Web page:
John Hoover, the president of the Madison Board of Health the past two years who ran for a council seat in November, is resigning from the Board of Health because he will be living in Saudi Arabia to manage a 42-week consulting project.
Hoover said in an email he would not have taken the job in Saudi Arabia if he had won the election in November. He was fully committed to the Madison campaign and, for the four or five months before the election, the campaign was all-consuming, he said.
He and GOP running mate Carmen Pico lost to Democratic candidates Astri Baillie and Ben Wolkowitz.
"When it was over, the question was: 'OK what are you going to do now?'" Hoover said.
He said deciding to work in Saudi Arabia "feels like I have hit the re-set button with my life."
Hoover plans to resign from the Board of Health after the board's reorganization meeting Jan. 22, when the board selects a president and vice president from among its members at the start of every year. Hoover was president of the board the past two years.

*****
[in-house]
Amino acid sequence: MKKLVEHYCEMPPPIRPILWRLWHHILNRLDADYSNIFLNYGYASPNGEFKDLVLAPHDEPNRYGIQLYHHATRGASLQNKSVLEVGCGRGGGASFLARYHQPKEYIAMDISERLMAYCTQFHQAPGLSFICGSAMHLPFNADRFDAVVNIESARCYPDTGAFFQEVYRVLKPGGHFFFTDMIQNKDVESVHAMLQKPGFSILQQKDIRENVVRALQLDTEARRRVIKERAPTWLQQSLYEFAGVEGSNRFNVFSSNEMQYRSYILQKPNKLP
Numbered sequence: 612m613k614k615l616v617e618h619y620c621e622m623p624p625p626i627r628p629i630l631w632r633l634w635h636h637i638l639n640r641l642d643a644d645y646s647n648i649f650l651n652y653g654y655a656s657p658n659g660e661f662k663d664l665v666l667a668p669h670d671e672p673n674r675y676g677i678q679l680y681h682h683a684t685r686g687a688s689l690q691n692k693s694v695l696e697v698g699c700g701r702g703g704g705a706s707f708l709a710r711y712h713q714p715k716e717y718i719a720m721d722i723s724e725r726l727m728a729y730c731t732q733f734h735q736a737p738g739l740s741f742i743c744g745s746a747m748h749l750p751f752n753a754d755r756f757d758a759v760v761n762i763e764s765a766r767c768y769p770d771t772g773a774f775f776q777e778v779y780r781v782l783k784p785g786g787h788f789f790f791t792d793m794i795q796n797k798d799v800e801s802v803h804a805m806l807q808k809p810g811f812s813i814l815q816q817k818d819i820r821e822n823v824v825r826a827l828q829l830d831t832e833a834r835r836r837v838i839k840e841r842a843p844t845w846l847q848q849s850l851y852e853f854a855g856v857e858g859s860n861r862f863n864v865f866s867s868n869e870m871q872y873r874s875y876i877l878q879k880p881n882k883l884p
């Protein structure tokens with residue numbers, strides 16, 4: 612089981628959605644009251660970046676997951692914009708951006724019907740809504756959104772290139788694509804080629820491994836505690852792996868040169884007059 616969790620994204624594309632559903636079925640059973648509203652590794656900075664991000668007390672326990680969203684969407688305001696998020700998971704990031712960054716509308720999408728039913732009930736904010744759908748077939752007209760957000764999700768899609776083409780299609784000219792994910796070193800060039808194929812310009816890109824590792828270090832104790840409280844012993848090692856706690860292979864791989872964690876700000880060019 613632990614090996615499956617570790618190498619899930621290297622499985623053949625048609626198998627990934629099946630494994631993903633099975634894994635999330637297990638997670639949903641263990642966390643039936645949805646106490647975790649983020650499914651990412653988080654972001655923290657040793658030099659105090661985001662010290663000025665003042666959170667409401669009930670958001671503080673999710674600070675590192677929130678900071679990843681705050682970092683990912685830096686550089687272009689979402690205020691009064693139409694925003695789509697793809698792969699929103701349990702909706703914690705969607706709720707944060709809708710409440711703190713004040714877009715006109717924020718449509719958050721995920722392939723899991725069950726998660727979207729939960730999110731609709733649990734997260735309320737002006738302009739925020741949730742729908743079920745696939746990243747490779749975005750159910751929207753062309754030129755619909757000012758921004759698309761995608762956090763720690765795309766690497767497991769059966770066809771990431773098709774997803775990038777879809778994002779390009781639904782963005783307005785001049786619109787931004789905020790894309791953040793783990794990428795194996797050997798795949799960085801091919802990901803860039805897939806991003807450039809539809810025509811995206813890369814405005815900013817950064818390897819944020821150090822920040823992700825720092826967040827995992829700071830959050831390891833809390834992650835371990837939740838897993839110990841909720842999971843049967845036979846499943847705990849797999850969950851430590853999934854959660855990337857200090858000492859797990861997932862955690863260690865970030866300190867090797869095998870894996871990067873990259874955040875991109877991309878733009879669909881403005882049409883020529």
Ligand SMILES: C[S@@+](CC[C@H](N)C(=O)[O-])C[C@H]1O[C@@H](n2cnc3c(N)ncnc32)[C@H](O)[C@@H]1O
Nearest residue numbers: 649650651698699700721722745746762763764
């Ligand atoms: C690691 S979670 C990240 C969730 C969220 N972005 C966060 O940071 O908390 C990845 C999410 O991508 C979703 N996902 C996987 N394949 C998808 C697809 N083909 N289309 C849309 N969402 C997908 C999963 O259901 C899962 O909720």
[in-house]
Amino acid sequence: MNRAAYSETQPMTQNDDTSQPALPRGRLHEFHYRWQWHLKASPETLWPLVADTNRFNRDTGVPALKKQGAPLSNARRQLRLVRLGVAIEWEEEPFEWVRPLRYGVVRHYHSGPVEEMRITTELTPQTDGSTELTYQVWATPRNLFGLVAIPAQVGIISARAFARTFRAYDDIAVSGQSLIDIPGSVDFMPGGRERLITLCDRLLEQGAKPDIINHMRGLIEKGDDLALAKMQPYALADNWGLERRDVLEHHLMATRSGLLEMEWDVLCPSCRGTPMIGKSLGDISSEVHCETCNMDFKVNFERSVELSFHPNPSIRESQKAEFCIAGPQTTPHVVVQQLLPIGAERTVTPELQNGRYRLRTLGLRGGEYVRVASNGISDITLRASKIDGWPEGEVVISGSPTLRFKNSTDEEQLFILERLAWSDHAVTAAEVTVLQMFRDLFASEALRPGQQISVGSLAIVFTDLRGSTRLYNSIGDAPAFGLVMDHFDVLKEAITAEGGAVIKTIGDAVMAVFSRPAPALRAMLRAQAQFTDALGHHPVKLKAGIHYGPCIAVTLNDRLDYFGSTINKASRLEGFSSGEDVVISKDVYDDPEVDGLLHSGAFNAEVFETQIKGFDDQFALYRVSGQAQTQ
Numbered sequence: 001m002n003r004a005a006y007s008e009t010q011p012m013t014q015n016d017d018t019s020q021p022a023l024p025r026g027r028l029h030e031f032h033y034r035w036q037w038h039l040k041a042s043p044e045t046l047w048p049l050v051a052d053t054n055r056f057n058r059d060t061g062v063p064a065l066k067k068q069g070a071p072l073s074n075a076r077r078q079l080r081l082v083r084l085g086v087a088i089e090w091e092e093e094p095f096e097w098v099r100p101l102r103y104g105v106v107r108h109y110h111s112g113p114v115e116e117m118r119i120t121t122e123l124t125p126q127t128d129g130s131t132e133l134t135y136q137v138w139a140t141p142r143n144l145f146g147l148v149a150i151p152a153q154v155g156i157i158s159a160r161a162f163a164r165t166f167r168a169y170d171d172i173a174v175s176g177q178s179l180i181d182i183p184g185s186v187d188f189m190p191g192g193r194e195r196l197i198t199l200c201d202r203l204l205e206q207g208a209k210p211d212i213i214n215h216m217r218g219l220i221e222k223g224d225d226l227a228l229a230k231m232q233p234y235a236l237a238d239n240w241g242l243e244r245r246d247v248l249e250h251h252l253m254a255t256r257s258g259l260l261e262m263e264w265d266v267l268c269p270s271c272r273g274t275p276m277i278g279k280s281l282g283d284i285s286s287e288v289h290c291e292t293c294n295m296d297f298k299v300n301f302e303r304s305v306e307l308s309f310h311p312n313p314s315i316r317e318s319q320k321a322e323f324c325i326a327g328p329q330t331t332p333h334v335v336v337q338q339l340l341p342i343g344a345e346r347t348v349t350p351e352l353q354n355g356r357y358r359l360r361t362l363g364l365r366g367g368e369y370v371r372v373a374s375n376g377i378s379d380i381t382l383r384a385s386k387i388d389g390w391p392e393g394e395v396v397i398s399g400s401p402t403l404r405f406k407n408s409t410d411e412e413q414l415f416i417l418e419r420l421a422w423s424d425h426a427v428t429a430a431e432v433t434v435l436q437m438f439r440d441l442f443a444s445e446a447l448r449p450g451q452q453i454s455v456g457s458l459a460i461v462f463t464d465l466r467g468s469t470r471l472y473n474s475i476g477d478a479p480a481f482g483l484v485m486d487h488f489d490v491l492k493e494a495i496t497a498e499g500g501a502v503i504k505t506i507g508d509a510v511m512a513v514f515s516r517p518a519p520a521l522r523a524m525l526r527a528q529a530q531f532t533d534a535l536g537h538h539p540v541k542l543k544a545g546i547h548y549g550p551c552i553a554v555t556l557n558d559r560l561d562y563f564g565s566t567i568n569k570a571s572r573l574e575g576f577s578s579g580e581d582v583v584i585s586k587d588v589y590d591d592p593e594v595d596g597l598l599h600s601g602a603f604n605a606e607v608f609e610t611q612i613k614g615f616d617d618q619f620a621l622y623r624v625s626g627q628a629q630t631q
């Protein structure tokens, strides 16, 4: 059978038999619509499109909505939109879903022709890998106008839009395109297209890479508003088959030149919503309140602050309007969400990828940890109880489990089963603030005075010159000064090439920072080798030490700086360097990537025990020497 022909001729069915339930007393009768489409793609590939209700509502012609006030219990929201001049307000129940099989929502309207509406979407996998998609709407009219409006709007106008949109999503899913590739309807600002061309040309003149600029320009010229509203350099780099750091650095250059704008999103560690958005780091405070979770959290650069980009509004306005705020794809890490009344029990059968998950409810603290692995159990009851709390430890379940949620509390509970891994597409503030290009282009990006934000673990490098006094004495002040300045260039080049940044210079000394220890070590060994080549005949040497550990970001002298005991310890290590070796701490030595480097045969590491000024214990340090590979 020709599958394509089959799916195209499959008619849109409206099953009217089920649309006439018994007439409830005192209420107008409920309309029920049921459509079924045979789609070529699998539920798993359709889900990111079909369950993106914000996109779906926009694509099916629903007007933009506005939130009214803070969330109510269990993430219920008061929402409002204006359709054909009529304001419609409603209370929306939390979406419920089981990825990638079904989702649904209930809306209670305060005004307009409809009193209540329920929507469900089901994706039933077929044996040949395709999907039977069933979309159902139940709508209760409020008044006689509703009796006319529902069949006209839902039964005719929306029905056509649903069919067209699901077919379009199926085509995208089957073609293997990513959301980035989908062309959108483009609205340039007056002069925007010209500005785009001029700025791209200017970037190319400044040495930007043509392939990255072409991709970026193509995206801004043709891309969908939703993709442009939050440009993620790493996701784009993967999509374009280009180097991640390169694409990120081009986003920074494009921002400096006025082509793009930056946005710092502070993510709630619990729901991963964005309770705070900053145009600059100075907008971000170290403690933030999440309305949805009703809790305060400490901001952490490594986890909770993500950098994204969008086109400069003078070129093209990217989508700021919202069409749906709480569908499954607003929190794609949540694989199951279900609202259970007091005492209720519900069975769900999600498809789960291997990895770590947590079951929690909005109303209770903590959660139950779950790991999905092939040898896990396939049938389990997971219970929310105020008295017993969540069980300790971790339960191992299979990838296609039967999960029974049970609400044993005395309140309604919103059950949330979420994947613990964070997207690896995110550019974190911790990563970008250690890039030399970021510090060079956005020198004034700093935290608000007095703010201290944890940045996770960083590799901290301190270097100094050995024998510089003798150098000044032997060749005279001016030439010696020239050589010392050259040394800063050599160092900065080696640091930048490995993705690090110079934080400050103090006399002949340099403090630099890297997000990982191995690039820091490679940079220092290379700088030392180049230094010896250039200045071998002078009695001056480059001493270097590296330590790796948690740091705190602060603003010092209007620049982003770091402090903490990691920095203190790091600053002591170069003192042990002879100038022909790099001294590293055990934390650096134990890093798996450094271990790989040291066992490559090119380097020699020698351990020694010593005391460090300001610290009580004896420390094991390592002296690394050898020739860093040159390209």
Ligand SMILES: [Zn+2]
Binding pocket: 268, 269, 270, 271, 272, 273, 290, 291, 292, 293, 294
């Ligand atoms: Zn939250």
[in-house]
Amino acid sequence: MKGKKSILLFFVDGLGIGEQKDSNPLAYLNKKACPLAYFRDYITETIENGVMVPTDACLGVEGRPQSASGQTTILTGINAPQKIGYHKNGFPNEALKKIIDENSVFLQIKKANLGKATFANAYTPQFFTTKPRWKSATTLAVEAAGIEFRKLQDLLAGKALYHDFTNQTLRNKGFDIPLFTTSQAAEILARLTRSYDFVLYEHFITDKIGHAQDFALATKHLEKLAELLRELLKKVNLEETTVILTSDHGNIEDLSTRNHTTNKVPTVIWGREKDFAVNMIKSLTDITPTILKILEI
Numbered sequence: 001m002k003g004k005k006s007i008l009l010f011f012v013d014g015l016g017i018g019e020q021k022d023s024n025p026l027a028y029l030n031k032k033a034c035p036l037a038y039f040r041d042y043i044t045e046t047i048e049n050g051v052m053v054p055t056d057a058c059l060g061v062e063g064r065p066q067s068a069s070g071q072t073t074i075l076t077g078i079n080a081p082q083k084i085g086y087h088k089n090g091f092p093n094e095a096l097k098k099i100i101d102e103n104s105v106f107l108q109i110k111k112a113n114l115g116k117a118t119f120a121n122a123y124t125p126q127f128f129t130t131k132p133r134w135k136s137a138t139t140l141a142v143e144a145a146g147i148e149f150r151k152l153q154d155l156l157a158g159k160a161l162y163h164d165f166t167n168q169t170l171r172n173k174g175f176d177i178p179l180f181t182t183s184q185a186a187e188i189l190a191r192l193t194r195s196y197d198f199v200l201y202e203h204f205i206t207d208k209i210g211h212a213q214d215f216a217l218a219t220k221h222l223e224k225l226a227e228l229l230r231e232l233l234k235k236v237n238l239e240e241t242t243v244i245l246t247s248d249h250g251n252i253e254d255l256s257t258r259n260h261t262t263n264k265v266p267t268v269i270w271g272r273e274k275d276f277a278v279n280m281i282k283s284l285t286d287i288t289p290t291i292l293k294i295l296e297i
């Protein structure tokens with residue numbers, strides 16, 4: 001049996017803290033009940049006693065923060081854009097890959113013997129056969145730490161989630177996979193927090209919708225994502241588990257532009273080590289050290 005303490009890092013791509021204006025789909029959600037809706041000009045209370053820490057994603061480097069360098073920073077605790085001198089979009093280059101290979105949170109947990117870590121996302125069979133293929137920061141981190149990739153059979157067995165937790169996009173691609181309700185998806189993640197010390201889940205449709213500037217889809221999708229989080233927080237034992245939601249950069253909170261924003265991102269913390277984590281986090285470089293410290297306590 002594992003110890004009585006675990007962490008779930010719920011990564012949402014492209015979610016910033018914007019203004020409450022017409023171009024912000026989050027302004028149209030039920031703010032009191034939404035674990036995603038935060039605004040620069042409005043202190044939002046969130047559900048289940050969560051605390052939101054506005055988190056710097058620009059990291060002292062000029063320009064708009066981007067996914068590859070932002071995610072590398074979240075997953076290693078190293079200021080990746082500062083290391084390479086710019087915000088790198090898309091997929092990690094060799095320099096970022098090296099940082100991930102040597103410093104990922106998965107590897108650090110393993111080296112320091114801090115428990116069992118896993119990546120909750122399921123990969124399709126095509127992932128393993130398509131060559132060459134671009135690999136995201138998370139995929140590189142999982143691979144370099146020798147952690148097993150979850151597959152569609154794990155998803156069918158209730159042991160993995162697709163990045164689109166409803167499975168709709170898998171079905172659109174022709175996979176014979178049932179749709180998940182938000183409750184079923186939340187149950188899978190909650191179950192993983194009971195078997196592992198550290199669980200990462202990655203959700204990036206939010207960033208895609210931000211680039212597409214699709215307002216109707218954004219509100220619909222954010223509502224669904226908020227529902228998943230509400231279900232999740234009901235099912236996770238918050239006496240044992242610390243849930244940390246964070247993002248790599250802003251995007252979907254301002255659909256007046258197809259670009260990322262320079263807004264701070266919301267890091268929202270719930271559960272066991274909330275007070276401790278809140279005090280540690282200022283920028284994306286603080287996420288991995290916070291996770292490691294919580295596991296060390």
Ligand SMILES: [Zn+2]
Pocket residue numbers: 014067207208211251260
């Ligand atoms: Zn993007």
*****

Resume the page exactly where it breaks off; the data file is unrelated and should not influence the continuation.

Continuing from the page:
Hoover accepted an offer from LoBue Group to manage a large consulting project for their client, Arab National Bank, he said. The project starts Jan. 26. He will be able to return to the Rose City every five or six weeks.
"I lived in Saudi Arabia for two years about 20 years ago, so am familiar with the country, the people, the food, the customs, the environment," he said. "I'll have three consultants from LoBue working for me, as well as a dozen or more locals on the project team."
Hoover has worked with the consulting firm before.
"I last worked for LoBue Group about 12 years ago and have kept in touch with the Chairman, who is a great professional, very honest, and a really good guy," he said. "He approached me earlier this year about the possibility of re-joining the firm. If I had won the election, I would not have joined them."
Mayor Bob Conley announced Hoover's resignation at the start of the Borough Council meeting Monday, thanked him for his work, and wished him luck in the new challenge.
"When you have a hard-working person, word often gets right around the world," Conley said.
Hoover said public health is crucial for Madison, and it is important for the borough to support its Board of Health and Health Department.
They are "vital to the citizens of Madison, and are just as critical as the police and fire departments," he said. "The Council needs to stay committed to public health and support the Board and Department to the best of their ability."